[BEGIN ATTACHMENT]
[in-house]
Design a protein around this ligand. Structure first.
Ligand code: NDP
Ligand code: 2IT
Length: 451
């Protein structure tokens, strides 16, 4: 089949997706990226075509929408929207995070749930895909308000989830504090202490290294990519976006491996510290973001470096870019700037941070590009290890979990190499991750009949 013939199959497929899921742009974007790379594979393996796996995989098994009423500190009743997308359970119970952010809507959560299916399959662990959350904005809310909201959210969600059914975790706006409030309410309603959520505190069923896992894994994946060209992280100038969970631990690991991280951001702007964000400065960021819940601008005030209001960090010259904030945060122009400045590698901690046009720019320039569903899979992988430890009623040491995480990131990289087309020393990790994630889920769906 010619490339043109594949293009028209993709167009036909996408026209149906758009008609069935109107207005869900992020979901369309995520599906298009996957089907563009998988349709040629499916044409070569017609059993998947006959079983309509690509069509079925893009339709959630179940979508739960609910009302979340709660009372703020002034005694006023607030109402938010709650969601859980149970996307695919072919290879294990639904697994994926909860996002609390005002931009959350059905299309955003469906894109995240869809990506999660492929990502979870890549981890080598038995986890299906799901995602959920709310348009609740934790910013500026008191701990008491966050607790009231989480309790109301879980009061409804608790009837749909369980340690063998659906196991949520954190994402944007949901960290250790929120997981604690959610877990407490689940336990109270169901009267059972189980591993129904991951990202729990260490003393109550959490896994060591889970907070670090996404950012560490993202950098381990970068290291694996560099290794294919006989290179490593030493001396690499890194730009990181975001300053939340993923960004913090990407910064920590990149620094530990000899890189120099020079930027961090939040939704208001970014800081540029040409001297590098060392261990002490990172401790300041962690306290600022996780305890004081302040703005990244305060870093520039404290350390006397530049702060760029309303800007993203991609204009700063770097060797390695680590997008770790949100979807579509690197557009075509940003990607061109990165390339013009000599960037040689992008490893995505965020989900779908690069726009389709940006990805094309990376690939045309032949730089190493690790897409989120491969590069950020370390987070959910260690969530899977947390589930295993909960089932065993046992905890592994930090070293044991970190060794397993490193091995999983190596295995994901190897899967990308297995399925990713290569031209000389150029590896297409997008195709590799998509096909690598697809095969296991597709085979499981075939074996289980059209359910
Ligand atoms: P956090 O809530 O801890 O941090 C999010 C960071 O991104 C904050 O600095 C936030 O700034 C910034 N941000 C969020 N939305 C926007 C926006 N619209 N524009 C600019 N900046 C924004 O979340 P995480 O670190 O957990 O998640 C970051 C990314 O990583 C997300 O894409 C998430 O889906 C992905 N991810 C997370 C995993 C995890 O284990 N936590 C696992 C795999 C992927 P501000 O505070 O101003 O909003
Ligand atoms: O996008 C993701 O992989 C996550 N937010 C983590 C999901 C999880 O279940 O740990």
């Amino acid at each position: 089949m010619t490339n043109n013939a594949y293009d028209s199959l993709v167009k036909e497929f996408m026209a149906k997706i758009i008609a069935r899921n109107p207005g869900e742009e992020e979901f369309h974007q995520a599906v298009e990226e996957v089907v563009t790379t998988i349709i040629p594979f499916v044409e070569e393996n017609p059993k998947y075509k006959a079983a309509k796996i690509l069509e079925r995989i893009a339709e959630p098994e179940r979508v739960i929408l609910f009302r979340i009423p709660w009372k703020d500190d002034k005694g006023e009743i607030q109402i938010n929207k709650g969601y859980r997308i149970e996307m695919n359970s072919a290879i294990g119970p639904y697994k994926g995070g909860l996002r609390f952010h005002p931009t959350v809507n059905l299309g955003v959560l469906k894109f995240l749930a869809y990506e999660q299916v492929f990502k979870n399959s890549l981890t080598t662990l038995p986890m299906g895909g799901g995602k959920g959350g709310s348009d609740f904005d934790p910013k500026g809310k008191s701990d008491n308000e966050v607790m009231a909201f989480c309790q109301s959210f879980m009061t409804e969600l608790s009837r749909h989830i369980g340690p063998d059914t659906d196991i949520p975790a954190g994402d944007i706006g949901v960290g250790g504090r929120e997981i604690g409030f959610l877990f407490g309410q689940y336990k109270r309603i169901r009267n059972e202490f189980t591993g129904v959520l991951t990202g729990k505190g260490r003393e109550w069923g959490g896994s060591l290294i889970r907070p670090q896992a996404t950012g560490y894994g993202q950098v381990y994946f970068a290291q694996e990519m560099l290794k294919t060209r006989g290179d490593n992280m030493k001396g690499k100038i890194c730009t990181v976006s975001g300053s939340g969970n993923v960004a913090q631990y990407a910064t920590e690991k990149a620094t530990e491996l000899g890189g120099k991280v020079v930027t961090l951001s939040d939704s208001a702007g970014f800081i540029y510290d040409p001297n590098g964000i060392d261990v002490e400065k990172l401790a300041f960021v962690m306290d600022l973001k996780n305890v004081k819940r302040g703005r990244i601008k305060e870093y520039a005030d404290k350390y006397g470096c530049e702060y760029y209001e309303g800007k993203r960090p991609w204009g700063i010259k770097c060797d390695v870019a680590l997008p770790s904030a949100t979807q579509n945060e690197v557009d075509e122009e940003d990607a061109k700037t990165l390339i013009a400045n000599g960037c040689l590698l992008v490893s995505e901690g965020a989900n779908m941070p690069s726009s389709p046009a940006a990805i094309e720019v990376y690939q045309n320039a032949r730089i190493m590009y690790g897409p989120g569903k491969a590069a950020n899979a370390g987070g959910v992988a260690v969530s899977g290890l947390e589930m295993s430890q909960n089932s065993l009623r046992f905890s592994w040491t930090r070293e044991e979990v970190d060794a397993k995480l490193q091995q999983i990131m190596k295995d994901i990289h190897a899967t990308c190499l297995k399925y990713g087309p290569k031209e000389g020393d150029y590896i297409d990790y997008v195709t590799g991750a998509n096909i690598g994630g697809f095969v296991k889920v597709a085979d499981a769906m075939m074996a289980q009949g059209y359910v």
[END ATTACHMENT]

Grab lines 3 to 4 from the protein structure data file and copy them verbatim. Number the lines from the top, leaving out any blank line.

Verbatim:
Ligand code: NDP
Ligand code: 2IT